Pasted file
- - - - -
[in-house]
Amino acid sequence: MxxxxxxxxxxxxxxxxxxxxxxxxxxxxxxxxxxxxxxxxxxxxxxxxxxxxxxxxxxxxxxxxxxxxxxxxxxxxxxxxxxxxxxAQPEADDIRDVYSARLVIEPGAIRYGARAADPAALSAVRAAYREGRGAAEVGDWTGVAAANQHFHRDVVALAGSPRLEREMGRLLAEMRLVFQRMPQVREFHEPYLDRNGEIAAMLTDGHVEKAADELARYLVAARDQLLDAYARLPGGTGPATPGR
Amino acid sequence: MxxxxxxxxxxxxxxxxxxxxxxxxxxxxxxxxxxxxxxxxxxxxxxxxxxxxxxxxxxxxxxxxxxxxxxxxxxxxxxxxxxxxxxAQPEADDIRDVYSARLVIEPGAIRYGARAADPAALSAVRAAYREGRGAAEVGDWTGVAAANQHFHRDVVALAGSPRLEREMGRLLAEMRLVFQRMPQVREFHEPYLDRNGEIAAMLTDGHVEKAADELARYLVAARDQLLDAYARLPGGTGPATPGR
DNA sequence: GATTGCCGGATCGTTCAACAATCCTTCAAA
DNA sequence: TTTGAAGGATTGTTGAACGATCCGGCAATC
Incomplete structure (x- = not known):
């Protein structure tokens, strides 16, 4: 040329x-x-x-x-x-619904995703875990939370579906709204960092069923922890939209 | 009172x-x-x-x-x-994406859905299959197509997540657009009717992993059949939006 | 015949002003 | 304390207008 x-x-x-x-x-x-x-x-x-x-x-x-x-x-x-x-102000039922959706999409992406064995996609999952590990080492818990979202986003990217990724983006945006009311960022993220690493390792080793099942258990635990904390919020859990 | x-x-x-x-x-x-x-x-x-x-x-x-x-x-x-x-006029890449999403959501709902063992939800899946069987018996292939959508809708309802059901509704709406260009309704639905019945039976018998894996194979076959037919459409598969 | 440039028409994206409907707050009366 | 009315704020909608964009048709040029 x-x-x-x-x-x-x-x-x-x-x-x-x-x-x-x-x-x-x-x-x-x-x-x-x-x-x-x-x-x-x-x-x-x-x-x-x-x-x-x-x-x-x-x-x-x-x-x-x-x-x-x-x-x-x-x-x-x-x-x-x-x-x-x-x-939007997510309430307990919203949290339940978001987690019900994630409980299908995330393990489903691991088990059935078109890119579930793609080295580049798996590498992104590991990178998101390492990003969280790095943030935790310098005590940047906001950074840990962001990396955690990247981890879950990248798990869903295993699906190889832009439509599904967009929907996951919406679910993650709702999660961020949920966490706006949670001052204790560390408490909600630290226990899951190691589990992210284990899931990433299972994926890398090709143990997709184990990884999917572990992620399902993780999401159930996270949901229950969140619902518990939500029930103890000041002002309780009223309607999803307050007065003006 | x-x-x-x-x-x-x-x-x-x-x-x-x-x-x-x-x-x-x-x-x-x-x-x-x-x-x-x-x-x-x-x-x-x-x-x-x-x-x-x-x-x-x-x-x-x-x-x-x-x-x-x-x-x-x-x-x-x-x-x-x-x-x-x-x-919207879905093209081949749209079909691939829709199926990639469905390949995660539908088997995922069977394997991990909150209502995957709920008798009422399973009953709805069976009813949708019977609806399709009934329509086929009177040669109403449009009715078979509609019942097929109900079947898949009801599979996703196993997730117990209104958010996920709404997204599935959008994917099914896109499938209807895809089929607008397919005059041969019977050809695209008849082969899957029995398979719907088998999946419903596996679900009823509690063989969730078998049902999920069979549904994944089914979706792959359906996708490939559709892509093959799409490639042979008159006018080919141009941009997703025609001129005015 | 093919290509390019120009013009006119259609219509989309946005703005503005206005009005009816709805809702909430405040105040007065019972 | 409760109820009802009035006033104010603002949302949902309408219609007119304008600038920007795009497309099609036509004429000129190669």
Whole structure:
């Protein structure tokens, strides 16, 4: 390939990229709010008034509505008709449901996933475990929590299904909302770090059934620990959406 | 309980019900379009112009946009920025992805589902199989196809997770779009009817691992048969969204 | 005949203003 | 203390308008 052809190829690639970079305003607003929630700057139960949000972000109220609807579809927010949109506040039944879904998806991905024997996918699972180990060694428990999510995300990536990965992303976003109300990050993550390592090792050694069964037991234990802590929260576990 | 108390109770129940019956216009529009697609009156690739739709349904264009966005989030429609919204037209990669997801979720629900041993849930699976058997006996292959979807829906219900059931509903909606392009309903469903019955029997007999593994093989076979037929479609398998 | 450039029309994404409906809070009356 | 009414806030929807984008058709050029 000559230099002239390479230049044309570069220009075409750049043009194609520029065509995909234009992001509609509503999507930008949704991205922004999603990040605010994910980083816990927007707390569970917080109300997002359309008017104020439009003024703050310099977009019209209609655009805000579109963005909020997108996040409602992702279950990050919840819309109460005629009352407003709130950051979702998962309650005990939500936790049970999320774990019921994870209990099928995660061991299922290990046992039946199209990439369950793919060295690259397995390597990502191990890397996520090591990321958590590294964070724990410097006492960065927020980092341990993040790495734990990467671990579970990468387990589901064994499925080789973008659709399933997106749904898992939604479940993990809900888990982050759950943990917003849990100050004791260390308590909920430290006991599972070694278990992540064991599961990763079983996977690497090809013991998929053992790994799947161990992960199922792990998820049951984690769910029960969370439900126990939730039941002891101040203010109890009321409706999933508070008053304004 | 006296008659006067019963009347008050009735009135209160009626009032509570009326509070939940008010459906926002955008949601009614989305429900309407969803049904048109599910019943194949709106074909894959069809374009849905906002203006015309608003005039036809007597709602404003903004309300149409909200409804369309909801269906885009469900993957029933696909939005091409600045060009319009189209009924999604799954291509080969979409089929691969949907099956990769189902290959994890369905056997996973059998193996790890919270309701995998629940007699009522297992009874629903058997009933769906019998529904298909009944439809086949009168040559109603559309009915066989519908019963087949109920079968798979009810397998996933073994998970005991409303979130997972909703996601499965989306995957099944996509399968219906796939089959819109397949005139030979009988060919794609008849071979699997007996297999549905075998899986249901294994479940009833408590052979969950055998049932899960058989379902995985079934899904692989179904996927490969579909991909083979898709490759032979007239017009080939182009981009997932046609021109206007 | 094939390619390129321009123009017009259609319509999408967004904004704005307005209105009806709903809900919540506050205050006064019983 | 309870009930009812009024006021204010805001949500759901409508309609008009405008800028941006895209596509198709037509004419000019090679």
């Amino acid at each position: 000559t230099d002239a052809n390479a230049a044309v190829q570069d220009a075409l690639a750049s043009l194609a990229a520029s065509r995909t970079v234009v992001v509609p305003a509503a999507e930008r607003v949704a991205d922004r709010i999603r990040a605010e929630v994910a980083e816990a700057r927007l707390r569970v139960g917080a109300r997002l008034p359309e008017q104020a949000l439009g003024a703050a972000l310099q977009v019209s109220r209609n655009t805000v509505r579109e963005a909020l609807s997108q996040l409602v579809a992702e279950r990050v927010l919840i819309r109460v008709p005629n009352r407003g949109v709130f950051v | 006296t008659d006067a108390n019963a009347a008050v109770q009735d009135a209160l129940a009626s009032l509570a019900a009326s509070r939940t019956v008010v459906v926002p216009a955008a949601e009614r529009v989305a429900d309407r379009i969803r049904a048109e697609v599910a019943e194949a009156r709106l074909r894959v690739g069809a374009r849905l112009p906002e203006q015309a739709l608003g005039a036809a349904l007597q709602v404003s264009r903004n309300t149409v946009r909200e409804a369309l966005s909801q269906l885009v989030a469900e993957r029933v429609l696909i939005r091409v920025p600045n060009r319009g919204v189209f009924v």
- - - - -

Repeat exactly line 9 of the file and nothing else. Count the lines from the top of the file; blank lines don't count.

């Protein structure tokens, strides 16, 4: 390939990229709010008034509505008709449901996933475990929590299904909302770090059934620990959406 | 309980019900379009112009946009920025992805589902199989196809997770779009009817691992048969969204 | 005949203003 | 203390308008 052809190829690639970079305003607003929630700057139960949000972000109220609807579809927010949109506040039944879904998806991905024997996918699972180990060694428990999510995300990536990965992303976003109300990050993550390592090792050694069964037991234990802590929260576990 | 108390109770129940019956216009529009697609009156690739739709349904264009966005989030429609919204037209990669997801979720629900041993849930699976058997006996292959979807829906219900059931509903909606392009309903469903019955029997007999593994093989076979037929479609398998 | 450039029309994404409906809070009356 | 009414806030929807984008058709050029 000559230099002239390479230049044309570069220009075409750049043009194609520029065509995909234009992001509609509503999507930008949704991205922004999603990040605010994910980083816990927007707390569970917080109300997002359309008017104020439009003024703050310099977009019209209609655009805000579109963005909020997108996040409602992702279950990050919840819309109460005629009352407003709130950051979702998962309650005990939500936790049970999320774990019921994870209990099928995660061991299922290990046992039946199209990439369950793919060295690259397995390597990502191990890397996520090591990321958590590294964070724990410097006492960065927020980092341990993040790495734990990467671990579970990468387990589901064994499925080789973008659709399933997106749904898992939604479940993990809900888990982050759950943990917003849990100050004791260390308590909920430290006991599972070694278990992540064991599961990763079983996977690497090809013991998929053992790994799947161990992960199922792990998820049951984690769910029960969370439900126990939730039941002891101040203010109890009321409706999933508070008053304004 | 006296008659006067019963009347008050009735009135209160009626009032509570009326509070939940008010459906926002955008949601009614989305429900309407969803049904048109599910019943194949709106074909894959069809374009849905906002203006015309608003005039036809007597709602404003903004309300149409909200409804369309909801269906885009469900993957029933696909939005091409600045060009319009189209009924999604799954291509080969979409089929691969949907099956990769189902290959994890369905056997996973059998193996790890919270309701995998629940007699009522297992009874629903058997009933769906019998529904298909009944439809086949009168040559109603559309009915066989519908019963087949109920079968798979009810397998996933073994998970005991409303979130997972909703996601499965989306995957099944996509399968219906796939089959819109397949005139030979009988060919794609008849071979699997007996297999549905075998899986249901294994479940009833408590052979969950055998049932899960058989379902995985079934899904692989179904996927490969579909991909083979898709490759032979007239017009080939182009981009997932046609021109206007 | 094939390619390129321009123009017009259609319509999408967004904004704005307005209105009806709903809900919540506050205050006064019983 | 309870009930009812009024006021204010805001949500759901409508309609008009405008800028941006895209596509198709037509004419000019090679």